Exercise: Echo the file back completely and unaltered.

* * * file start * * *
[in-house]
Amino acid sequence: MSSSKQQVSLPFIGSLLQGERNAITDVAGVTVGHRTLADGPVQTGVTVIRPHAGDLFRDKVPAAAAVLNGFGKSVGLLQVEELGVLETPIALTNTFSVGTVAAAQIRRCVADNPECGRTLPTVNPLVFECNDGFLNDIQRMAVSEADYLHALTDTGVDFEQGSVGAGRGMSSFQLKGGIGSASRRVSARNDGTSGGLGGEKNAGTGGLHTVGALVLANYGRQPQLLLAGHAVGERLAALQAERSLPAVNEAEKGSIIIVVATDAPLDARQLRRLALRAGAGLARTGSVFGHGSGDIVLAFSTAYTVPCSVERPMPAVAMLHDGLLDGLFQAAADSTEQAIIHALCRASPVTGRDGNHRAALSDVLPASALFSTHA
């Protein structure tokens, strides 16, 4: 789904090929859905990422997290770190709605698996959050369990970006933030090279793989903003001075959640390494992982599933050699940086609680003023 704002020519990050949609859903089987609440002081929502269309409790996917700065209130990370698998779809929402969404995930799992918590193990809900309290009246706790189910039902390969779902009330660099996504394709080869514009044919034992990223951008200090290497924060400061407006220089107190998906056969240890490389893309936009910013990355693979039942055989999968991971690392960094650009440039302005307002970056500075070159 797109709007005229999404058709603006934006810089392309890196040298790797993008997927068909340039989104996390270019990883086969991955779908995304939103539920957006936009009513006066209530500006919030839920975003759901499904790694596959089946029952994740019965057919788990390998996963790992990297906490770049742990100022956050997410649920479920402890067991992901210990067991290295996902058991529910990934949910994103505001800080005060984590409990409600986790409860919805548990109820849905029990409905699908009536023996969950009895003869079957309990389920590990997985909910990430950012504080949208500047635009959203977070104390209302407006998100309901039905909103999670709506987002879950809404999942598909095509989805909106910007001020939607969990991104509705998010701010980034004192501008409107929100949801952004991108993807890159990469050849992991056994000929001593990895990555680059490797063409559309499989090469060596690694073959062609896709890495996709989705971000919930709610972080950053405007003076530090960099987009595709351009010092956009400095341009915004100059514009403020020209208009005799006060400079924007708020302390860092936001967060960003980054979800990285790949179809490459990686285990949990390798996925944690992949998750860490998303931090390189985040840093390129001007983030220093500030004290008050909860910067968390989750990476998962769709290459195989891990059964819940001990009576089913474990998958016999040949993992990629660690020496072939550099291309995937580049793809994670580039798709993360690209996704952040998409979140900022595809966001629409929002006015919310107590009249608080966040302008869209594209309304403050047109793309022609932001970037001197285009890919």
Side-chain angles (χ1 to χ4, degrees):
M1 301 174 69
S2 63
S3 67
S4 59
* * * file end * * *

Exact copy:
[in-house]
Amino acid sequence: MSSSKQQVSLPFIGSLLQGERNAITDVAGVTVGHRTLADGPVQTGVTVIRPHAGDLFRDKVPAAAAVLNGFGKSVGLLQVEELGVLETPIALTNTFSVGTVAAAQIRRCVADNPECGRTLPTVNPLVFECNDGFLNDIQRMAVSEADYLHALTDTGVDFEQGSVGAGRGMSSFQLKGGIGSASRRVSARNDGTSGGLGGEKNAGTGGLHTVGALVLANYGRQPQLLLAGHAVGERLAALQAERSLPAVNEAEKGSIIIVVATDAPLDARQLRRLALRAGAGLARTGSVFGHGSGDIVLAFSTAYTVPCSVERPMPAVAMLHDGLLDGLFQAAADSTEQAIIHALCRASPVTGRDGNHRAALSDVLPASALFSTHA
């Protein structure tokens, strides 16, 4: 789904090929859905990422997290770190709605698996959050369990970006933030090279793989903003001075959640390494992982599933050699940086609680003023 704002020519990050949609859903089987609440002081929502269309409790996917700065209130990370698998779809929402969404995930799992918590193990809900309290009246706790189910039902390969779902009330660099996504394709080869514009044919034992990223951008200090290497924060400061407006220089107190998906056969240890490389893309936009910013990355693979039942055989999968991971690392960094650009440039302005307002970056500075070159 797109709007005229999404058709603006934006810089392309890196040298790797993008997927068909340039989104996390270019990883086969991955779908995304939103539920957006936009009513006066209530500006919030839920975003759901499904790694596959089946029952994740019965057919788990390998996963790992990297906490770049742990100022956050997410649920479920402890067991992901210990067991290295996902058991529910990934949910994103505001800080005060984590409990409600986790409860919805548990109820849905029990409905699908009536023996969950009895003869079957309990389920590990997985909910990430950012504080949208500047635009959203977070104390209302407006998100309901039905909103999670709506987002879950809404999942598909095509989805909106910007001020939607969990991104509705998010701010980034004192501008409107929100949801952004991108993807890159990469050849992991056994000929001593990895990555680059490797063409559309499989090469060596690694073959062609896709890495996709989705971000919930709610972080950053405007003076530090960099987009595709351009010092956009400095341009915004100059514009403020020209208009005799006060400079924007708020302390860092936001967060960003980054979800990285790949179809490459990686285990949990390798996925944690992949998750860490998303931090390189985040840093390129001007983030220093500030004290008050909860910067968390989750990476998962769709290459195989891990059964819940001990009576089913474990998958016999040949993992990629660690020496072939550099291309995937580049793809994670580039798709993360690209996704952040998409979140900022595809966001629409929002006015919310107590009249608080966040302008869209594209309304403050047109793309022609932001970037001197285009890919």
Side-chain angles (χ1 to χ4, degrees):
M1 301 174 69
S2 63
S3 67
S4 59